In other words, these people are not content with merely indoctrinating their own children in atheistic materialism. They want to prevent others from teaching their children about theism under penalty of law. This would be an unconscionable abridgement of personal freedom, of course, and the sort of totalitarian measure that secularists resorted to with terrifying regularity throughout the twentieth century, but there's no need to be concerned that it would ever come to pass in 21st century Europe. The politicos in that spiritually impoverished continent are well-aware that their seething Muslim populations would undergo spontaneous combustion if it were ever seriously considered. Thus, it won't be.

Now if it were only Christians who would be affected, well, then, that might be an entirely different story.

Humbling Award

I am scarcely able to summon the words to announce that Time Magazine has selected me as their person of the year for 2006. It really is an astonishing honor, and I confess to being flabbergasted that the folks at Time have even heard of me let alone chose me as the recipient of such a wonderful prize. I'm truly humbled.

Of course, I should mention, in case you haven't heard, that the honor is diluted somewhat by the fact that they chose you, too. Yes, that's right. In fact, they chose everybody. Everybody is this year's person of the year. Sort of makes you proud to be an American, doesn't it?

Saturday, December 16, 2006

Mystery Man

The thinness of the Democratic stable is illustrated by the fact that the two most talked about candidates for their party's nomination for president in 2008 are a one term senator, Hillary Clinton, and a two year senator, Barack Obama. Neither has ever been a governor and neither has really explained why voters should pull the lever for them. Yet they have been all but canonized by the media.

Bob Gorrell depicts how peculiar this phenomenon is:

Staring at the End of a Career

This should just about do it for the Durham District Attorney who refuses to drop charges against three Duke students accused of raping an "exotic" dancer:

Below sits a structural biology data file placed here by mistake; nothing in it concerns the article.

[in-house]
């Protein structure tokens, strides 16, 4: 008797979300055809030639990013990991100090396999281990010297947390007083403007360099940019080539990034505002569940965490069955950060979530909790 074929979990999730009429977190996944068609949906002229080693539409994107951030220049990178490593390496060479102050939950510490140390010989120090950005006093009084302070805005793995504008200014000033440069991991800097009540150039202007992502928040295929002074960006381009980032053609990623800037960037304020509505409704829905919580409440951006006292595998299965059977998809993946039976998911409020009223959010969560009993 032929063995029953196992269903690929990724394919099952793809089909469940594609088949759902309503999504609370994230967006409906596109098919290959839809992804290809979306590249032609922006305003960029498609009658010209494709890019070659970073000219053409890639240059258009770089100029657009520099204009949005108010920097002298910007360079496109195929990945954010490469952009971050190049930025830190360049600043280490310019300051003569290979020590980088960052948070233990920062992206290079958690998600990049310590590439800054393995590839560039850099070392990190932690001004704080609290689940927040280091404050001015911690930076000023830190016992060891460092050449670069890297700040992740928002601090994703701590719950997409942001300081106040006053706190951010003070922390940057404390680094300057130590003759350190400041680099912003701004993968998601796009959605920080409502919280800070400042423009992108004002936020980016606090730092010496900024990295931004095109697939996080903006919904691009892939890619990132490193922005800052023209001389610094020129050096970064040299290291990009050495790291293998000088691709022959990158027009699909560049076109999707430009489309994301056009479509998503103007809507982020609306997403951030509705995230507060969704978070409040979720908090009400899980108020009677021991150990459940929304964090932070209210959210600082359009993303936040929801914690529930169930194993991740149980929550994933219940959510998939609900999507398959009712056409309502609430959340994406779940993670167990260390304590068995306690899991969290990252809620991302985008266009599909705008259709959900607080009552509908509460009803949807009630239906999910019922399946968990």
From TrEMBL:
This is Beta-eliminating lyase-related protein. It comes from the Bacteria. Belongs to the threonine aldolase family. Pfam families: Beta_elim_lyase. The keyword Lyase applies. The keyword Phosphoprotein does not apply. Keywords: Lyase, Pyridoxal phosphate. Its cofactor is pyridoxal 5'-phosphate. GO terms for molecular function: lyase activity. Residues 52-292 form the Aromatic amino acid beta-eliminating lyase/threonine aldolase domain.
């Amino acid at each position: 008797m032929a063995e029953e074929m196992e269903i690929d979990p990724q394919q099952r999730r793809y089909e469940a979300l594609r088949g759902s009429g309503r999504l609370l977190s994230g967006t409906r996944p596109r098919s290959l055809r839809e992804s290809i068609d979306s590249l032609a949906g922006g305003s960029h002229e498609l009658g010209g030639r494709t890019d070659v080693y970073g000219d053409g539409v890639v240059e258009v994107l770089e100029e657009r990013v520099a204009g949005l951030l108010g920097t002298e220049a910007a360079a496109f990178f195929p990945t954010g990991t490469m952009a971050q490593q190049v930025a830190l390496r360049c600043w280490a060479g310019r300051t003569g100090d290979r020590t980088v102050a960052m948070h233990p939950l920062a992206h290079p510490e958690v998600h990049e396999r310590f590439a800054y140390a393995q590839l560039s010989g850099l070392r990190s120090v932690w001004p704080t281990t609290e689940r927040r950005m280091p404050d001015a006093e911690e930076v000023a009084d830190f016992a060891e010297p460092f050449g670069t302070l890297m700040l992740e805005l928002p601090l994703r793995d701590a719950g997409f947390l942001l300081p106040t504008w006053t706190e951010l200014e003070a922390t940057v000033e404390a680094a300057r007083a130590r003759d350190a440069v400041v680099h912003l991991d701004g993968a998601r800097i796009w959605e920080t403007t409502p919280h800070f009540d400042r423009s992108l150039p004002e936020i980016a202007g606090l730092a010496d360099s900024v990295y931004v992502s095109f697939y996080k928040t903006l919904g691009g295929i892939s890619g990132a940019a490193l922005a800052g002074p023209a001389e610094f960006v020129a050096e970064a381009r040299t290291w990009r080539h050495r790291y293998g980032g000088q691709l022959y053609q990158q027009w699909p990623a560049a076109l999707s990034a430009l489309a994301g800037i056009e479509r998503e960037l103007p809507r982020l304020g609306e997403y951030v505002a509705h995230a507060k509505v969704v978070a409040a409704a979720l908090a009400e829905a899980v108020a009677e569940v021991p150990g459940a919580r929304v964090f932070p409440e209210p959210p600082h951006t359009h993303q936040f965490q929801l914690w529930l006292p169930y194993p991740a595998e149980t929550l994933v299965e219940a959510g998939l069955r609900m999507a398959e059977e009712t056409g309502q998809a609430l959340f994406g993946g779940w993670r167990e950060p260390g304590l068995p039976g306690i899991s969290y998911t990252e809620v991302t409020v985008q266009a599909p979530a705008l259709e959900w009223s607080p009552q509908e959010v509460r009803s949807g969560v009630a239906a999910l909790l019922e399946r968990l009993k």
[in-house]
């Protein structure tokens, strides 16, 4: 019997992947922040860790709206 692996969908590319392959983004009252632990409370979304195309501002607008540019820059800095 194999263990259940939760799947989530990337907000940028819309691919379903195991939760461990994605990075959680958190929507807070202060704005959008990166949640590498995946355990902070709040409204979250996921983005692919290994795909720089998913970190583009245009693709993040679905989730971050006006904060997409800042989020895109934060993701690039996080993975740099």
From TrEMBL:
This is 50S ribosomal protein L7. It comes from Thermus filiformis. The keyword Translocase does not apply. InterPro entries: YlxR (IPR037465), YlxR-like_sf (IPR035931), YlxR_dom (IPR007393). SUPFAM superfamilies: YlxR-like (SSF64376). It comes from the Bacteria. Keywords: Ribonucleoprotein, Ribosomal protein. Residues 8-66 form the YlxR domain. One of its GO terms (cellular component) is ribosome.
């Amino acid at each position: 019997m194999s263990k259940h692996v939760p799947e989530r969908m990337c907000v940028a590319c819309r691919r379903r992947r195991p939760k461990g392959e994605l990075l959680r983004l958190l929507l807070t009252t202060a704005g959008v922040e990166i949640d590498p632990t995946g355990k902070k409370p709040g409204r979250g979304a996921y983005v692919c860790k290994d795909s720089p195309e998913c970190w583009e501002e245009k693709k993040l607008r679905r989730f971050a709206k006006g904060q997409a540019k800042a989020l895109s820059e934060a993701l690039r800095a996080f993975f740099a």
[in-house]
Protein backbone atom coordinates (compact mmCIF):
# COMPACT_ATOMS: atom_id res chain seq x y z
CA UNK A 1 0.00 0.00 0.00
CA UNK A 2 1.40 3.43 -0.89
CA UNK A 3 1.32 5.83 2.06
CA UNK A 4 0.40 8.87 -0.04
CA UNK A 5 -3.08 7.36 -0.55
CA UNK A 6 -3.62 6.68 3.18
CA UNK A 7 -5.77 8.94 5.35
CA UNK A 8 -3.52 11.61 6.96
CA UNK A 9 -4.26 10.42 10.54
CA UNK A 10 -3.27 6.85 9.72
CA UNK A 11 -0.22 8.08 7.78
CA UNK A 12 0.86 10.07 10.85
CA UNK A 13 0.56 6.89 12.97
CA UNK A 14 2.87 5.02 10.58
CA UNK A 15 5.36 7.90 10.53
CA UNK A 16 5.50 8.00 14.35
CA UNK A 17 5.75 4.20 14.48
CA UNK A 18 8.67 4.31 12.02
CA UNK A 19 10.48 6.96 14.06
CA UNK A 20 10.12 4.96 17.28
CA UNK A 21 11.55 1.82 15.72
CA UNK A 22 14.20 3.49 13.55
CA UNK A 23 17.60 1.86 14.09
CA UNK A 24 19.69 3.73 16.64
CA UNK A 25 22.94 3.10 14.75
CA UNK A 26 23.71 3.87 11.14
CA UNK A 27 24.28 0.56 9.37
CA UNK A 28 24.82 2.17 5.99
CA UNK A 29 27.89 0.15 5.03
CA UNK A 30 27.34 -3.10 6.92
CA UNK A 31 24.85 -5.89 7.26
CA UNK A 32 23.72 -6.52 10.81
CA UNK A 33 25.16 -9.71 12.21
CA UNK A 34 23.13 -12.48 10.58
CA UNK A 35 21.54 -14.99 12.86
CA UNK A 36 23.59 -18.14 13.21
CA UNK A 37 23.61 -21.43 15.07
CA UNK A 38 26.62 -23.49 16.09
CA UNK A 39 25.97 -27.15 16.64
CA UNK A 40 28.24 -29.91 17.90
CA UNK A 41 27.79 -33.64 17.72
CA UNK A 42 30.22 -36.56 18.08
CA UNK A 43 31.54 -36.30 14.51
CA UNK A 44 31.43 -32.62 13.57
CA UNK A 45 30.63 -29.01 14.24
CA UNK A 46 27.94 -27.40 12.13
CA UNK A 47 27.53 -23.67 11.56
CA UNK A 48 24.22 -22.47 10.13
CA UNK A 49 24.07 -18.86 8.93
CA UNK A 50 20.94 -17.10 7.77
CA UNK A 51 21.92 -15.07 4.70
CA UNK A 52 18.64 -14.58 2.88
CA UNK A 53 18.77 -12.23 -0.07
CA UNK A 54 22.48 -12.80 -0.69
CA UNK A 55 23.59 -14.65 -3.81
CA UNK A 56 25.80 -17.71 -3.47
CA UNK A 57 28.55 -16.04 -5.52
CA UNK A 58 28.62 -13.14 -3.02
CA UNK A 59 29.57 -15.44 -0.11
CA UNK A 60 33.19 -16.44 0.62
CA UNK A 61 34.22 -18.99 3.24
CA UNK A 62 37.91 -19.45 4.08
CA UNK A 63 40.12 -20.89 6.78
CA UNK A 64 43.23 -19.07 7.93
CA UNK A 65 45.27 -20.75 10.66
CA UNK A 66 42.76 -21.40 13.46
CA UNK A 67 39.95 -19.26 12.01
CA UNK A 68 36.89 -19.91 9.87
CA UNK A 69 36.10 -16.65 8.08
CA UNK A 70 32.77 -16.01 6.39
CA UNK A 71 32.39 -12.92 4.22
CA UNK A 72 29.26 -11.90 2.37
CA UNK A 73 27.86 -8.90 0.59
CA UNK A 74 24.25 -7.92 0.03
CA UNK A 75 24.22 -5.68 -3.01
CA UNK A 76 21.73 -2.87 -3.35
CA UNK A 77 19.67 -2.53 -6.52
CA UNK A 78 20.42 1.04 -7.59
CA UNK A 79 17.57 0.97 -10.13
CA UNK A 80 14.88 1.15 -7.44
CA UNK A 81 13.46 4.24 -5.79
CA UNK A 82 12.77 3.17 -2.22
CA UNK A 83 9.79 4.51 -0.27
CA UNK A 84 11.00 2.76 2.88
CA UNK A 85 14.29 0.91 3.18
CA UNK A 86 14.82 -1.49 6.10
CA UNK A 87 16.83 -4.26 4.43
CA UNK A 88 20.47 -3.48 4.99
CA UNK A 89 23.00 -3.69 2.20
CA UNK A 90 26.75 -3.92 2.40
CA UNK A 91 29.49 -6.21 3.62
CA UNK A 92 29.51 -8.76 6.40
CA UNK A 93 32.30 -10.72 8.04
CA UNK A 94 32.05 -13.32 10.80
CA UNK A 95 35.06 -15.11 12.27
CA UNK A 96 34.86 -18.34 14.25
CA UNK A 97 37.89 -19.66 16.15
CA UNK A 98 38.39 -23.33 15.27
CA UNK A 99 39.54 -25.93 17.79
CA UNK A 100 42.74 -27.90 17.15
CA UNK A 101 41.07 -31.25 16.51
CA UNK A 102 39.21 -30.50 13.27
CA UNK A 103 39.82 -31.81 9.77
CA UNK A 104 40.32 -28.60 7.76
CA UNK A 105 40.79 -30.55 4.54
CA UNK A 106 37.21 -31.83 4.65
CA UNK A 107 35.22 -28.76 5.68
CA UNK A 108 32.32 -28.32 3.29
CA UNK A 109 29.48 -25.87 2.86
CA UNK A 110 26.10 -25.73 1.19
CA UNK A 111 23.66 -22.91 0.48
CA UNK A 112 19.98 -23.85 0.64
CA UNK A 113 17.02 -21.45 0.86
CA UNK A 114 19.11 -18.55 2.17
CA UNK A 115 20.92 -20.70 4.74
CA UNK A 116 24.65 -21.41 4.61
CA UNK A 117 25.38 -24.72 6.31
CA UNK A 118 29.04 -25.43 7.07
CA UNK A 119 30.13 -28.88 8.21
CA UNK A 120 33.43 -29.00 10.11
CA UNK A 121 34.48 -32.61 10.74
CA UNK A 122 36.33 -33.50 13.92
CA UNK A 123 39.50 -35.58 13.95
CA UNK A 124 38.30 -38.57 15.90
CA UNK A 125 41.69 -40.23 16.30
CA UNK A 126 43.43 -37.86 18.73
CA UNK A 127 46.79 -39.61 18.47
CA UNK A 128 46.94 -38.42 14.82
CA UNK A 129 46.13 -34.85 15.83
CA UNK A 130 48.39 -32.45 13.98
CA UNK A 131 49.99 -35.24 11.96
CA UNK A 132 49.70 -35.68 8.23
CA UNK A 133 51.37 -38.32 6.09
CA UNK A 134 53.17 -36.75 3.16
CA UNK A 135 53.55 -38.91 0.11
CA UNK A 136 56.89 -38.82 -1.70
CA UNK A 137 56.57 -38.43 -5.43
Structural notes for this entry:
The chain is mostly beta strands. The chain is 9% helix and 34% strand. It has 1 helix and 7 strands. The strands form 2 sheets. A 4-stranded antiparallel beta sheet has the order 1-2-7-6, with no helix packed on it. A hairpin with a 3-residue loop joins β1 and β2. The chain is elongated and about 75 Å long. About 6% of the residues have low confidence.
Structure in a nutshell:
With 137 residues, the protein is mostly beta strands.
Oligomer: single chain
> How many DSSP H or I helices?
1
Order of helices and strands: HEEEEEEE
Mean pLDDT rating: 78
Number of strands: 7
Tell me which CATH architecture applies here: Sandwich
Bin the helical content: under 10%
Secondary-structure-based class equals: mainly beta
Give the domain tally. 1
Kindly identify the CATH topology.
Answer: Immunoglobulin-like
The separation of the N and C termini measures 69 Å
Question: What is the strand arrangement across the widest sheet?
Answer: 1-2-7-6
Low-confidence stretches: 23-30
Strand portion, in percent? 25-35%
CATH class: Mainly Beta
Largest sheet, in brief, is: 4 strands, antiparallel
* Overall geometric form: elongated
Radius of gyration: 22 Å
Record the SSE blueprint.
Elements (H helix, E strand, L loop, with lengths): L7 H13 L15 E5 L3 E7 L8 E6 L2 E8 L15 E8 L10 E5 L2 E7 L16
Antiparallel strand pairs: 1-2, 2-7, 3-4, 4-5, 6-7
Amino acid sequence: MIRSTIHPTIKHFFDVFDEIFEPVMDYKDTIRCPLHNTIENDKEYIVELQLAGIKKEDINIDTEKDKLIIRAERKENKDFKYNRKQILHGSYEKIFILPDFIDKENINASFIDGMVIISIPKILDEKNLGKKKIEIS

The head of a private DNA laboratory said under oath today that he and District Attorney Mike Nifong agreed not to report DNA results favorable to Duke lacrosse players charged with rape.

Brian Meehan, director of DNA Security of Burlington, said his lab found DNA from unidentified men in the underwear, pubic hair and rectum of the woman who said she was gang-raped at a lacrosse party in March....Meehan said the DNA did not come from Reade Seligmann, David Evans, or Collin Finnerty, who have been charged with rape and sexual assault in the case.

Meehan struggled to say why he didn't include the favorable evidence in a report dated May 12, almost a month after Seligmann and Finnerty had been indicted. He cited concerns about the privacy of the lacrosse players, his discussions at several meetings with Nifong, and the fact that he didn't know whose DNA it was.

Under questioning by Jim Cooney, a defense attorney for Seligmann, Meehan admitted that his report violated his laboratory's standards by not reporting results of all tests.

Did Nifong and his investigators know the results of all the DNA tests? Cooney asked. "I believe so," Meehan said.

"Did they know the test results excluded Reade Seligmann?" Cooney asked. "I believe so," Meehan said.

Was the failure to report these results the intentional decision of you and the district attorney? Cooney asked. "Yes," Meehan replied.

Meehan's testimony differed from a statement Nifong made at the beginning of today's hearing. "The first I had heard of this particular situation was when I was served with this particular motion" on Wednesday, Nifong told the judge. After court, Nifong clarified his remarks to say that he knew about the DNA results.

"And we were trying to, just as Dr. Meehan said, trying to avoid dragging any names through the mud but at the same time his report made it clear that all the information was available if they wanted it and they have every word of it," Nifong said.